Faculty of law blogs / UNIVERSITY OF OXFORD

Receipt of property subject to an undertaking in the domestic context


Oliver Foy
Pupil Barrister at Pump Court Chambers


Time to read

6 Minutes

It is well-established that where property is received subject to an undertaking, this may give rise to a trust. This post will critique two recent domestic cases where such a transfer occurred: in Archibald v Alexander, a constructive trust was found by the court. In Solomon v McCarthy, no constructive trust was found. It will be argued that the reasoning in each case is inconsistent with the principles recognised by the Court of Appeal in De Bruyne v De Bruyne. In that earlier case, shares were transferred to a husband on the basis of his promise to settle those shares on trust for his children. A constructive trust in favour of the children arose on the appointment of those shares. The shares were accordingly unavailable for distribution in ancillary relief proceedings between the husband and his wife.

In Archibald, the mother of three children purchased a property in the joint names of herself and one of her daughters. This was on the footing that the property would be held for the mother for life and upon her death it would be held by her daughter on trust for all three of the children in equal shares. It was held by Fancourt J, affirming a judgment from the Central London County Court, that a constructive trust came into existence on the basis of a direct application of De Bruyne. However, Fancourt J’s judgment suggests that the trust will only arise if the transferee is the gratuitous recipient of property. For example, it is stated at [37] that: “Although the facts and context in De Bruyne were of course different, the essential facts were substantially the same, namely that property had been transferred to a volunteer on the basis of his promise to hold it on certain terms, and would not otherwise have been so transferred.”


It is not clear why the transferee must take the property gratuitously. The principle whereby a trust is imposed upon receipt of property subject to an undertaking is often traced back to Rochefoucauld v Boustead [1897] 1 Ch 196. In that case, land in Ceylon was owned subject to a mortgage. The mortgagees sued to enforce their security and the land was sold at auction. Prior to purchasing the land, the purchaser agreed with the previous owner that he would purchase the land as trustee for her. The Court of Appeal held that a trust was imposed notwithstanding a lack of compliance with formality requirements because it would constitute a fraud for the purchaser to deny the trust and take the land absolutely.  As explained by Patten LJ in De Bruyne, cases such as Rochefoucauld “do not depend on some form of detrimental reliance in order to re-balance the equities between competing claimants for the property. They concentrate instead on the circumstances in which the transferee came to acquire the property in order to provide the justification for the imposition of a trust… It is not necessary in such cases to show that the property was acquired by actual fraud (although the principle would apply equally in such cases). The concept of fraud in equity is much wider and can extend to unconscionable or inequitable conduct in the form of a denial or refusal to carry out the agreement to hold the property for the benefit of the third party which was the only basis upon which the property was transferred. This is sufficient in itself to create the fiduciary obligation and to require the imposition of a constructive trust.”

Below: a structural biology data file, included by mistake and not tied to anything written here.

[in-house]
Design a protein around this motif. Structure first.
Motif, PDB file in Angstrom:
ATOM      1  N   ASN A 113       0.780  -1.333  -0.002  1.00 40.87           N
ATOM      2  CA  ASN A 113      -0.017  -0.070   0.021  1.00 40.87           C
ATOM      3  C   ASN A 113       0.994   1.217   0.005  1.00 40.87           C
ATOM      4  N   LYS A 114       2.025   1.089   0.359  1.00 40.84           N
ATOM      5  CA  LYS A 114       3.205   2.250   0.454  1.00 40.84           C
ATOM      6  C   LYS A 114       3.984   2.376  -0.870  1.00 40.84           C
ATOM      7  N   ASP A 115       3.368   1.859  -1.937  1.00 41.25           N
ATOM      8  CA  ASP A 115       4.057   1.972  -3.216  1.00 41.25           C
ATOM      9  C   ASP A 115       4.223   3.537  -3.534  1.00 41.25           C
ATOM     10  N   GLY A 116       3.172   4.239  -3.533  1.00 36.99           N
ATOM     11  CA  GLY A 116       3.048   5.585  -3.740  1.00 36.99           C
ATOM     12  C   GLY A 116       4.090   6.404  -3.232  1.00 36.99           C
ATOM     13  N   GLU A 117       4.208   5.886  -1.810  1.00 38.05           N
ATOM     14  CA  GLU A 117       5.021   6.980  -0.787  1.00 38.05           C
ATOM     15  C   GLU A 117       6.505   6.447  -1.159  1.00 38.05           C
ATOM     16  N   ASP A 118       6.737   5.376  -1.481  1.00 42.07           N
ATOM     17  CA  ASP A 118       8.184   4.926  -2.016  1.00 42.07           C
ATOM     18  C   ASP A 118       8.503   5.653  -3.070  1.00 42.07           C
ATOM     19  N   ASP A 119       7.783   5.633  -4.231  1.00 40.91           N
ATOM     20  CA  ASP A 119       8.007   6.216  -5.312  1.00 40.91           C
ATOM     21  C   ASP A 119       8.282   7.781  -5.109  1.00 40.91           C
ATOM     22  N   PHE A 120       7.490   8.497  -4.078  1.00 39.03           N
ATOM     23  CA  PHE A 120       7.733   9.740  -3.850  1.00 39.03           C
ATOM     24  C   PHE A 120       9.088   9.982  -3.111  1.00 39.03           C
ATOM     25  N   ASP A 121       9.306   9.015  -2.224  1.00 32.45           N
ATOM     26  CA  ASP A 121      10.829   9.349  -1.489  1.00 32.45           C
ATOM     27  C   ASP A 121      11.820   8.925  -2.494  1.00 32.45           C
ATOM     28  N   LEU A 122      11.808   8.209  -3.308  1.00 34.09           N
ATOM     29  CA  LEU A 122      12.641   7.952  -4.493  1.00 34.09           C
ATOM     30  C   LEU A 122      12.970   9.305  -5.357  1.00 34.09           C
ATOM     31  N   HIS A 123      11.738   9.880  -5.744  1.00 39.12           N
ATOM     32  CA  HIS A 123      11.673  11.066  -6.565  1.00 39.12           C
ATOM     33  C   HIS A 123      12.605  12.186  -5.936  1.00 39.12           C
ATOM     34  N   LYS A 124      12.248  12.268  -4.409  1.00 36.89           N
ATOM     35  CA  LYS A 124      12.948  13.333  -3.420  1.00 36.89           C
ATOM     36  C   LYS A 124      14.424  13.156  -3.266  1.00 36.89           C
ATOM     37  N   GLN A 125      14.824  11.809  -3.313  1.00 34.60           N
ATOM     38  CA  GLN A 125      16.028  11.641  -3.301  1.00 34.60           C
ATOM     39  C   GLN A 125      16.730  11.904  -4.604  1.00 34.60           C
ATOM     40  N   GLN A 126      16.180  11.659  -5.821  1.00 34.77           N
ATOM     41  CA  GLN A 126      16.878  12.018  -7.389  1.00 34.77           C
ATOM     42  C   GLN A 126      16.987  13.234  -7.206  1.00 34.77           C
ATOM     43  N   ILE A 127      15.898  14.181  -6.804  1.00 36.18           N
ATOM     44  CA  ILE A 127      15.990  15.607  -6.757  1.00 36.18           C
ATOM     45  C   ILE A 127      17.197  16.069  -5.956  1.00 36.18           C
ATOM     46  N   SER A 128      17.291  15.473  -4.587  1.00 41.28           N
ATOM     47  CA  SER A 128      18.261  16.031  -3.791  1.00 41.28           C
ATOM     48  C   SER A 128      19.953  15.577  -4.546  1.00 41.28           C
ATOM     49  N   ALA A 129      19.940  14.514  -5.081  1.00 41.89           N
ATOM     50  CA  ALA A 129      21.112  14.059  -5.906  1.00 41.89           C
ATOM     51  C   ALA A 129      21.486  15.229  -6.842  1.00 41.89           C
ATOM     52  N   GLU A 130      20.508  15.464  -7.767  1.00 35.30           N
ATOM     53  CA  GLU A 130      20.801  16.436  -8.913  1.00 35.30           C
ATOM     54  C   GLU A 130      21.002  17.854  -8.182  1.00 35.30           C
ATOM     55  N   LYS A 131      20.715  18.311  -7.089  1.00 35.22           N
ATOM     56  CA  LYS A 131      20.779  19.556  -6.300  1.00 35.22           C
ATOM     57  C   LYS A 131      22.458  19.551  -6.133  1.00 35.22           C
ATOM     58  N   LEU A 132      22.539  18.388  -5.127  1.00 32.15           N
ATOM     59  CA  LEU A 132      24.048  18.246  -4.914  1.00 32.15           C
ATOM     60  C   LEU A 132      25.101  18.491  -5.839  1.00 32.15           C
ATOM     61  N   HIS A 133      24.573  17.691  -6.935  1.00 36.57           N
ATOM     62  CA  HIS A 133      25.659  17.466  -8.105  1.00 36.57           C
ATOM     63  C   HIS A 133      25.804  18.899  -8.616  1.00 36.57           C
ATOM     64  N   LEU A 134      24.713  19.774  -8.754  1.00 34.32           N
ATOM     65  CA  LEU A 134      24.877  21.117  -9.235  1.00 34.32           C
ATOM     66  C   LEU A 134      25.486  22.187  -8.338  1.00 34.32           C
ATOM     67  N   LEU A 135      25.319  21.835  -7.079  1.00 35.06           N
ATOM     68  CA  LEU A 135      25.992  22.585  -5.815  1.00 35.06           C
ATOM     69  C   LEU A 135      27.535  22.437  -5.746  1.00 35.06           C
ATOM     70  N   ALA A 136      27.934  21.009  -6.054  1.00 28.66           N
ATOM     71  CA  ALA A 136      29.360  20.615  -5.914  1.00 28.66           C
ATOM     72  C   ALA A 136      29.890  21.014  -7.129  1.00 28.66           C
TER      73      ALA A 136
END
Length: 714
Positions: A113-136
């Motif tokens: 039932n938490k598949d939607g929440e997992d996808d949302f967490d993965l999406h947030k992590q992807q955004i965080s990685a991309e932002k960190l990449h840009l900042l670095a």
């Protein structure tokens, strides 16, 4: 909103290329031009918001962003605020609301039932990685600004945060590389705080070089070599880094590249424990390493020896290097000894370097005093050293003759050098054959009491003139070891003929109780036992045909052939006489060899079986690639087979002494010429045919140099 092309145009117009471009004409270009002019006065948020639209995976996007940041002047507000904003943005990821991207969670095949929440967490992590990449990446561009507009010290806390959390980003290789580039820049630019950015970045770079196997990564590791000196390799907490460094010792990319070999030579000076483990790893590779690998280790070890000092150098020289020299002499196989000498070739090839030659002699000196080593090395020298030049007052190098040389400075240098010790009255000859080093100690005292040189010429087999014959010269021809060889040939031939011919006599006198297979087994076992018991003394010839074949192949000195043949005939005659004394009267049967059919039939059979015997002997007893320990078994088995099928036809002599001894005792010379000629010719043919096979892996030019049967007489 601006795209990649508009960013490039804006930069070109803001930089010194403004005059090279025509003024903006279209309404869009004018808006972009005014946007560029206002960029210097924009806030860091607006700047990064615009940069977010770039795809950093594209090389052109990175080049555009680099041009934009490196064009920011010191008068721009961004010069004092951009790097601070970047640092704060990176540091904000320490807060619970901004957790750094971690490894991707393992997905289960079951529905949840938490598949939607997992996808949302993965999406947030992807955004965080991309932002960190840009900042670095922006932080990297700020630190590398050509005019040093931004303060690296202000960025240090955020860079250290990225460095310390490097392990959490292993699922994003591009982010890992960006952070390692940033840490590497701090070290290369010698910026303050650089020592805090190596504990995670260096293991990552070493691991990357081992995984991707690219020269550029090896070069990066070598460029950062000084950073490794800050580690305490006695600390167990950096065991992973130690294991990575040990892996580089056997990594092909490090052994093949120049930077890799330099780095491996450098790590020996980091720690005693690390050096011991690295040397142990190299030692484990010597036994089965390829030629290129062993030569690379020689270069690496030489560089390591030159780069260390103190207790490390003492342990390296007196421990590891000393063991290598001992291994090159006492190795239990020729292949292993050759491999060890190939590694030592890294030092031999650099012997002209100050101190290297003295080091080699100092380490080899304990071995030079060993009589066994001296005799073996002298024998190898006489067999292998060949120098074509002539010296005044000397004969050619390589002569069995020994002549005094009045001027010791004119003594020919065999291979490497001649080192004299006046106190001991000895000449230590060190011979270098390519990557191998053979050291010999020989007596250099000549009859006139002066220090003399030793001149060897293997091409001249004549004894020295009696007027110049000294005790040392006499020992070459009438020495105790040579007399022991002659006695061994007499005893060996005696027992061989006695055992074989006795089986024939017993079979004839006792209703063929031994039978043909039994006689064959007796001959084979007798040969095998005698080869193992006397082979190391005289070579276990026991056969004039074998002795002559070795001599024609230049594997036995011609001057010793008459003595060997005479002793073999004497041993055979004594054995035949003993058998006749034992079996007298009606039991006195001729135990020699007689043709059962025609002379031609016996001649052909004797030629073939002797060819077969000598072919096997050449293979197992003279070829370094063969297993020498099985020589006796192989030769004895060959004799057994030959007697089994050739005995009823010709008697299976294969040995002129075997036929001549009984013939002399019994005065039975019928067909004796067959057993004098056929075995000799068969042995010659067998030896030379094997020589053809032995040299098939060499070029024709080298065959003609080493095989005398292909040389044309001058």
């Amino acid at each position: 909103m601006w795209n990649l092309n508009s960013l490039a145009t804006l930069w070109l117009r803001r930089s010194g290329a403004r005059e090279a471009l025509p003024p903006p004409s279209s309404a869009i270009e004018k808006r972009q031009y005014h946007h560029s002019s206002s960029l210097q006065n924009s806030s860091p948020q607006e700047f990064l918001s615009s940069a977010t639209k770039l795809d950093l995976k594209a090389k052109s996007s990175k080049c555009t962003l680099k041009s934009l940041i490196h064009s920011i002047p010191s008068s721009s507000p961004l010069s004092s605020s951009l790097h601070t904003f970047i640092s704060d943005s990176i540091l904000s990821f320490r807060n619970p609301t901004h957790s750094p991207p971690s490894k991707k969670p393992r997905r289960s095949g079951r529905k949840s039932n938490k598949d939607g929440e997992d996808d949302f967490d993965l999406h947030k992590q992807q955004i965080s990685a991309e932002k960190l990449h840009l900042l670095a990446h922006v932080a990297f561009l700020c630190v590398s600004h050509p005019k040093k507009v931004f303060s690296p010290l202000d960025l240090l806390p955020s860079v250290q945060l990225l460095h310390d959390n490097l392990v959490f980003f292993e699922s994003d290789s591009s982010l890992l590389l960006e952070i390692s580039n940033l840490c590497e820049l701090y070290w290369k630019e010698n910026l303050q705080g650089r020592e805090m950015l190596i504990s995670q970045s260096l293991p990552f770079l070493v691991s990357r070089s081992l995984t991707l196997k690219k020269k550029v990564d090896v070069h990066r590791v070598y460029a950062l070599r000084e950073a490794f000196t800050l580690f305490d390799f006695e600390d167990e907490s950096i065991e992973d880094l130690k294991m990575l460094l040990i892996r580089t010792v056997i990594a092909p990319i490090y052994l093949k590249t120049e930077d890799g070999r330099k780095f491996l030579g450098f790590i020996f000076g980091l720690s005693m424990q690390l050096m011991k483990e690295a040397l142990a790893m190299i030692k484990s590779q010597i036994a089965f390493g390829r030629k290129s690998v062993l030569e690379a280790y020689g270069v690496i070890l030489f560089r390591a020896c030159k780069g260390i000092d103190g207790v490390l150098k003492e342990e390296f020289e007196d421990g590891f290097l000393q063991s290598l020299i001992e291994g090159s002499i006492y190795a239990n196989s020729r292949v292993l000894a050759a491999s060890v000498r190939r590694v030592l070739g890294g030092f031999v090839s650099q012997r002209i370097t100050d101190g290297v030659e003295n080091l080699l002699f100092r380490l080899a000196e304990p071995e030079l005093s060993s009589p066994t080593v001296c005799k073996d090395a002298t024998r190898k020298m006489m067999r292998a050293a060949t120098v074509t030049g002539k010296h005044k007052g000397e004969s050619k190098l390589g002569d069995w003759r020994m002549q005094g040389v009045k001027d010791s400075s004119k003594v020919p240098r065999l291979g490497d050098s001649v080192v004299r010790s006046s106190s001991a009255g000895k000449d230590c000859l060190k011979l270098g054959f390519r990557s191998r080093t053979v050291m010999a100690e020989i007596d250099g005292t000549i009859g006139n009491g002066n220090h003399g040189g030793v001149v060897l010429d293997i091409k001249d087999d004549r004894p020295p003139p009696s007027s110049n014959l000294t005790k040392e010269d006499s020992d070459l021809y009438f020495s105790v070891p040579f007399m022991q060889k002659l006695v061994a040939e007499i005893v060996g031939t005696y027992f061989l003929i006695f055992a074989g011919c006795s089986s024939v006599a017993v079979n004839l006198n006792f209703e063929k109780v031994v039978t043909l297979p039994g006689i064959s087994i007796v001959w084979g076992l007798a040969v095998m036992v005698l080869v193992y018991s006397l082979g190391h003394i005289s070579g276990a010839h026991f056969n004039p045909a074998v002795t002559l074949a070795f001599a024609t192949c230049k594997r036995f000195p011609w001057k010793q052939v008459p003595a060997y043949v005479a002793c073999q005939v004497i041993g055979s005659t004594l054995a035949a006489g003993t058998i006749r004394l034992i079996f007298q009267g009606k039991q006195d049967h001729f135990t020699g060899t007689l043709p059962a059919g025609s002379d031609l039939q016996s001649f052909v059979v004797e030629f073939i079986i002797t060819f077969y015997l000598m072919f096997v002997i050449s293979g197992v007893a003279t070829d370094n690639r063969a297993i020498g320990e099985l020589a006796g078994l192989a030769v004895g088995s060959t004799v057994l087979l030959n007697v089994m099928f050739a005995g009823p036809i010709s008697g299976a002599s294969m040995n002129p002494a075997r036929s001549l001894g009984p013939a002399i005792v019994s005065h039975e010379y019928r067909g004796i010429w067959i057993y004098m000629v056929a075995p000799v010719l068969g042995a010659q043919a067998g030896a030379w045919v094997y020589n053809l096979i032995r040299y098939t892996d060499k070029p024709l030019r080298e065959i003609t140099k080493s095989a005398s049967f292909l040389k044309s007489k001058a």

There is disagreement among commentators as to whether these trusts are express trusts or constructive trusts. As can be seen from the extract above, Patten LJ clearly subscribes to the constructive trust classification, which represents the prevailing view in the case law. Patten LJ’s view is supported by McFarlane, who has put forward a justification for the imposition of a trust in cases where property is received sub conditione. He opines that such trusts are justified by the fact of the transferee’s undertaking and its role in the transferee’s acquisition of the property. A constructive trust will be valid where the transferee agrees to confer a new property right upon receipt of the property and thereby acquires an advantage which assists in the acquisition of the property, so that it can be said that the transferee’s receipt of that property is coloured by his undertaking. As Patten LJ put it, a constructive trust is imposed to the effect of the terms upon which it was acquired. There is no principled reason why a paying transferee who makes an undertaking to the transferor should not be bound in the same way.